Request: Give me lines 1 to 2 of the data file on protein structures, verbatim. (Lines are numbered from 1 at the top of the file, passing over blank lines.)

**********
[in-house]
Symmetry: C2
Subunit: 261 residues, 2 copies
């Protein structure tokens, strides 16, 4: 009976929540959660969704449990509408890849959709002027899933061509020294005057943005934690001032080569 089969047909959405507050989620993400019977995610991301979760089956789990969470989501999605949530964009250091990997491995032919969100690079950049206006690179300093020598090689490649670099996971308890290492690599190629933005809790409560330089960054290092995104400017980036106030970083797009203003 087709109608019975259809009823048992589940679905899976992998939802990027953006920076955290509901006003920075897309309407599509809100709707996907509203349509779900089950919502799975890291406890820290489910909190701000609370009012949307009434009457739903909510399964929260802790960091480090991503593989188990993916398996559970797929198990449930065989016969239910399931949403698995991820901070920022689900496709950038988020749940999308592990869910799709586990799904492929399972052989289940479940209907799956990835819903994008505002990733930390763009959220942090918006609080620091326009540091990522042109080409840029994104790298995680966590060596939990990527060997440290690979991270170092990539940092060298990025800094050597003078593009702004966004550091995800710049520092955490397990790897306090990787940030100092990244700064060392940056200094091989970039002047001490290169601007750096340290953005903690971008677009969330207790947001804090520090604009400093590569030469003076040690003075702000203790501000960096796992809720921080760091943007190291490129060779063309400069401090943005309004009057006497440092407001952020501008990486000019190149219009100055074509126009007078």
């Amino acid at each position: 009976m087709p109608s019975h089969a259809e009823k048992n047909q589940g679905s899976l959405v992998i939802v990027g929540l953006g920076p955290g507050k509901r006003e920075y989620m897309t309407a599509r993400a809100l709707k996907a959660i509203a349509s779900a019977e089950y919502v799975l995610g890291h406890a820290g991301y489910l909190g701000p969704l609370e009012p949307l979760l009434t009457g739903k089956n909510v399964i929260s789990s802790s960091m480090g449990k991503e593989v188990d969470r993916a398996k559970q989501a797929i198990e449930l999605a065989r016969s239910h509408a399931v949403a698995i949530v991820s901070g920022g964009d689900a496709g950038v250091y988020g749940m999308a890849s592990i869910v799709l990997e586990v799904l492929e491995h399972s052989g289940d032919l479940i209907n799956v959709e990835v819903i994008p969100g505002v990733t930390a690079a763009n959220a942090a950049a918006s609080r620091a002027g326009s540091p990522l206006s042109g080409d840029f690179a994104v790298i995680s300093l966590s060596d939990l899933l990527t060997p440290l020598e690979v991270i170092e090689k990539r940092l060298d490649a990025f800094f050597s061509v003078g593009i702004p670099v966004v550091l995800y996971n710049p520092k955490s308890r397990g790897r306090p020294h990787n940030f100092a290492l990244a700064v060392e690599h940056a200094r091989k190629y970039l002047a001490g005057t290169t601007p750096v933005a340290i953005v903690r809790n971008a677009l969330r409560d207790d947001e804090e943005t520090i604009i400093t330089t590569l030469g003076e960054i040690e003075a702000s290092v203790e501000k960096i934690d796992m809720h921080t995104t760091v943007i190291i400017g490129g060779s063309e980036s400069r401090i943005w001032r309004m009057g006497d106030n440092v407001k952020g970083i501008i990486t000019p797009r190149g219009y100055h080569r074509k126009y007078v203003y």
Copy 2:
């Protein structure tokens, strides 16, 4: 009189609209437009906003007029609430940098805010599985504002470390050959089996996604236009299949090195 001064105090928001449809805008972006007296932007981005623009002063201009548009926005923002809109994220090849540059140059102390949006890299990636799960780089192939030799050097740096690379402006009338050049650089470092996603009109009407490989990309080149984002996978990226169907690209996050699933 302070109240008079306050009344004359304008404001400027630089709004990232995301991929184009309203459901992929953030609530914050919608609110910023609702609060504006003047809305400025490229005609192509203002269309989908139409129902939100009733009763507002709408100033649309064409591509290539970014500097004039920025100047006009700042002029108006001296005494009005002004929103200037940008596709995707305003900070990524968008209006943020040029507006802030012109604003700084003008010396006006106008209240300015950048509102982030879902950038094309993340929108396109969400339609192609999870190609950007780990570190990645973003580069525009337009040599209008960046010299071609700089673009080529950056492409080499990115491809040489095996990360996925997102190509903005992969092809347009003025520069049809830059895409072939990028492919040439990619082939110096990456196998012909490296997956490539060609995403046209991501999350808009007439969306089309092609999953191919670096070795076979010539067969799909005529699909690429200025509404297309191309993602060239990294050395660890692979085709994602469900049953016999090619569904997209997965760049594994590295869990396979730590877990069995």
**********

[in-house]
Symmetry: C2